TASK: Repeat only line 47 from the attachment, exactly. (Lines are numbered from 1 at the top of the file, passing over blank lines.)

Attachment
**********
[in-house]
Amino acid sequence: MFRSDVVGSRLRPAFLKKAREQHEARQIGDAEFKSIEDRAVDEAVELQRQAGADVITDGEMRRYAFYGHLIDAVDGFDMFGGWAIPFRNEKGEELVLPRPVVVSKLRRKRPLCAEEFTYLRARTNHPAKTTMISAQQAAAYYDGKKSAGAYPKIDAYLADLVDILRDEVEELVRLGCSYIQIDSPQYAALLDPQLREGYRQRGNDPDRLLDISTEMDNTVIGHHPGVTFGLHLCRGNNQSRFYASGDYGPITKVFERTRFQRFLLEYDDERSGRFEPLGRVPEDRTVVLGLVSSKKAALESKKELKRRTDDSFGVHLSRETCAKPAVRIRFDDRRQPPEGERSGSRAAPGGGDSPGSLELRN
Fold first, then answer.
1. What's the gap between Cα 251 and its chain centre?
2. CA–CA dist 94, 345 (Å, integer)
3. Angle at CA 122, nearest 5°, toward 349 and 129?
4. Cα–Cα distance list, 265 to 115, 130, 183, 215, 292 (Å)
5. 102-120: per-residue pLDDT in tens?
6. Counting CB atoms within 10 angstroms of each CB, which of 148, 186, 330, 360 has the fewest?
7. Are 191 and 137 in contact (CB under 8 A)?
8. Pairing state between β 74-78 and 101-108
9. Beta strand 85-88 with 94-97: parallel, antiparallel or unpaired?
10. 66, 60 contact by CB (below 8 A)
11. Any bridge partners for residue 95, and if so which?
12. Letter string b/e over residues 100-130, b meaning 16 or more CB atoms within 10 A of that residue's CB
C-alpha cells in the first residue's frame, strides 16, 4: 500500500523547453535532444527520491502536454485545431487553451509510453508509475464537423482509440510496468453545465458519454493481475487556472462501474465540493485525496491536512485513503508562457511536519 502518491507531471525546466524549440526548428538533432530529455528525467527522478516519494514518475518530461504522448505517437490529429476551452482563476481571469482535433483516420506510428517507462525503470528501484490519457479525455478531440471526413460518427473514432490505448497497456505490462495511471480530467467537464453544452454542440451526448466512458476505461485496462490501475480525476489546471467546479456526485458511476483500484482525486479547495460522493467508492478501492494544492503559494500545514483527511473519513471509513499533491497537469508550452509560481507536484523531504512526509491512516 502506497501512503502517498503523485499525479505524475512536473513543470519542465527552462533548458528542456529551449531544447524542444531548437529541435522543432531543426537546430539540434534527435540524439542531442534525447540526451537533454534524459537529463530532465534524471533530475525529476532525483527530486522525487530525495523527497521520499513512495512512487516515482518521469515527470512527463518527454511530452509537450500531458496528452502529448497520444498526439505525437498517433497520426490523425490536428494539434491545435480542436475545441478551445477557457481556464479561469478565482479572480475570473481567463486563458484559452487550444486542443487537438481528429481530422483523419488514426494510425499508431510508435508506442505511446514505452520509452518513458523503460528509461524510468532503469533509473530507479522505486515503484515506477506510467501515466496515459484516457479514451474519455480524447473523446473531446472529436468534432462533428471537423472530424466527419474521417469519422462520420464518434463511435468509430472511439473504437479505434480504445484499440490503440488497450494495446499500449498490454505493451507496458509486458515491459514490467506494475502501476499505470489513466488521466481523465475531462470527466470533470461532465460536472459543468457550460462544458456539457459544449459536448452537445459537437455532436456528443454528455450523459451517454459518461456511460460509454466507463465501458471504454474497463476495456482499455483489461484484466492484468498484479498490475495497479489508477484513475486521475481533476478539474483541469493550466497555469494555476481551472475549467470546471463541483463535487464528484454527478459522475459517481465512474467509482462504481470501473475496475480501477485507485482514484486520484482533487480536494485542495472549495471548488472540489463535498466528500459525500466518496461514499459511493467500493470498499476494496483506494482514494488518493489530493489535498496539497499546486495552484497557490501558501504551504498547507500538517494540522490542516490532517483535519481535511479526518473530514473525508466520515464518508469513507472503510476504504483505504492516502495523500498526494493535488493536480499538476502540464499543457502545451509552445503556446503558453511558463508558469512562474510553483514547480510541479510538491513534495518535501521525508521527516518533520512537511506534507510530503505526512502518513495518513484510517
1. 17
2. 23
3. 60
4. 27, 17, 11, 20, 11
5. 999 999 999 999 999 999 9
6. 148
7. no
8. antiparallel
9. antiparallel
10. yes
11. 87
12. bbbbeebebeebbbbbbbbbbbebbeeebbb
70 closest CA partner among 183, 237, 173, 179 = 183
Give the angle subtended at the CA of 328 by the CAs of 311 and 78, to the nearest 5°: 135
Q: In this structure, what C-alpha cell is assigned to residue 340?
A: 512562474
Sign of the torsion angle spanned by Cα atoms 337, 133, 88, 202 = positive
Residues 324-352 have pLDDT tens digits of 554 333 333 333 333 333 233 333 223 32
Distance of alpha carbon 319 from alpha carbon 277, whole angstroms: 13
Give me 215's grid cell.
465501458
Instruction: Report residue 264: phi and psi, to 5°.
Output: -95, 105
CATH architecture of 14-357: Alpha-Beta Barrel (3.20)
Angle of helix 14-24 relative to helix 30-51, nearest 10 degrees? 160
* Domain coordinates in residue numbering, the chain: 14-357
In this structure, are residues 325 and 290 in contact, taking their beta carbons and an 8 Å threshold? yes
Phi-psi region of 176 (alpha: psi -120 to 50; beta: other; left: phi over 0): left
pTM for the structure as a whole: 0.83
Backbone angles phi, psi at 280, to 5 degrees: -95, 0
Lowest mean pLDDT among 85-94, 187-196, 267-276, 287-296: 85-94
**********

Lowest mean pLDDT among 85-94, 187-196, 267-276, 287-296: 85-94